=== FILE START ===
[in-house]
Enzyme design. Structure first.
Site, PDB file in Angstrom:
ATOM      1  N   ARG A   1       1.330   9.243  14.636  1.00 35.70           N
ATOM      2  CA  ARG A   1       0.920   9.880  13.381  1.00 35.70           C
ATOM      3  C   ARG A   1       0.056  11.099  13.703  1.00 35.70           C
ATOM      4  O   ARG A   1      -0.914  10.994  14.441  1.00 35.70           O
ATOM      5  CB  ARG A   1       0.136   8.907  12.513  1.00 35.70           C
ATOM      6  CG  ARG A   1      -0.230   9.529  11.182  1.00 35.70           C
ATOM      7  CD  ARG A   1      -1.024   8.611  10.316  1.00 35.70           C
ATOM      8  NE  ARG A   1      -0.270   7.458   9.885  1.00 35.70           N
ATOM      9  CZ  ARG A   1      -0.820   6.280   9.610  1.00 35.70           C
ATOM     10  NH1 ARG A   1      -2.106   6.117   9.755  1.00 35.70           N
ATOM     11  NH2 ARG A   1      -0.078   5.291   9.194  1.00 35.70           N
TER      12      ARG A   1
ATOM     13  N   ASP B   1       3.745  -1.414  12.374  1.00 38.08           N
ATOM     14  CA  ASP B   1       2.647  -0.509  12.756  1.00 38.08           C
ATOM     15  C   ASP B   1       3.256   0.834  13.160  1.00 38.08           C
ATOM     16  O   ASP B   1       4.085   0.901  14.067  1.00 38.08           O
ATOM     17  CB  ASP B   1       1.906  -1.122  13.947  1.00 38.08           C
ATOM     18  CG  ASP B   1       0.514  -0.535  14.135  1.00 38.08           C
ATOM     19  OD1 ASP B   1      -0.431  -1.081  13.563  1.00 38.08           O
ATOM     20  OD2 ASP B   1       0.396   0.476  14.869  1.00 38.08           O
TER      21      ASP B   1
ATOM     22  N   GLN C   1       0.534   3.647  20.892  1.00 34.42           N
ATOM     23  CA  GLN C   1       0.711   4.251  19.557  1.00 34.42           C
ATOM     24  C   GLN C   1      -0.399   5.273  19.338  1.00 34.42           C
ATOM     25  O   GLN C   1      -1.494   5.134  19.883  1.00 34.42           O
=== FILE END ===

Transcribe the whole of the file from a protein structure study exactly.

[in-house]
Enzyme design. Structure first.
Site, PDB file in Angstrom:
ATOM      1  N   ARG A   1       1.330   9.243  14.636  1.00 35.70           N
ATOM      2  CA  ARG A   1       0.920   9.880  13.381  1.00 35.70           C
ATOM      3  C   ARG A   1       0.056  11.099  13.703  1.00 35.70           C
ATOM      4  O   ARG A   1      -0.914  10.994  14.441  1.00 35.70           O
ATOM      5  CB  ARG A   1       0.136   8.907  12.513  1.00 35.70           C
ATOM      6  CG  ARG A   1      -0.230   9.529  11.182  1.00 35.70           C
ATOM      7  CD  ARG A   1      -1.024   8.611  10.316  1.00 35.70           C
ATOM      8  NE  ARG A   1      -0.270   7.458   9.885  1.00 35.70           N
ATOM      9  CZ  ARG A   1      -0.820   6.280   9.610  1.00 35.70           C
ATOM     10  NH1 ARG A   1      -2.106   6.117   9.755  1.00 35.70           N
ATOM     11  NH2 ARG A   1      -0.078   5.291   9.194  1.00 35.70           N
TER      12      ARG A   1
ATOM     13  N   ASP B   1       3.745  -1.414  12.374  1.00 38.08           N
ATOM     14  CA  ASP B   1       2.647  -0.509  12.756  1.00 38.08           C
ATOM     15  C   ASP B   1       3.256   0.834  13.160  1.00 38.08           C
ATOM     16  O   ASP B   1       4.085   0.901  14.067  1.00 38.08           O
ATOM     17  CB  ASP B   1       1.906  -1.122  13.947  1.00 38.08           C
ATOM     18  CG  ASP B   1       0.514  -0.535  14.135  1.00 38.08           C
ATOM     19  OD1 ASP B   1      -0.431  -1.081  13.563  1.00 38.08           O
ATOM     20  OD2 ASP B   1       0.396   0.476  14.869  1.00 38.08           O
TER      21      ASP B   1
ATOM     22  N   GLN C   1       0.534   3.647  20.892  1.00 34.42           N
ATOM     23  CA  GLN C   1       0.711   4.251  19.557  1.00 34.42           C
ATOM     24  C   GLN C   1      -0.399   5.273  19.338  1.00 34.42           C
ATOM     25  O   GLN C   1      -1.494   5.134  19.883  1.00 34.42           O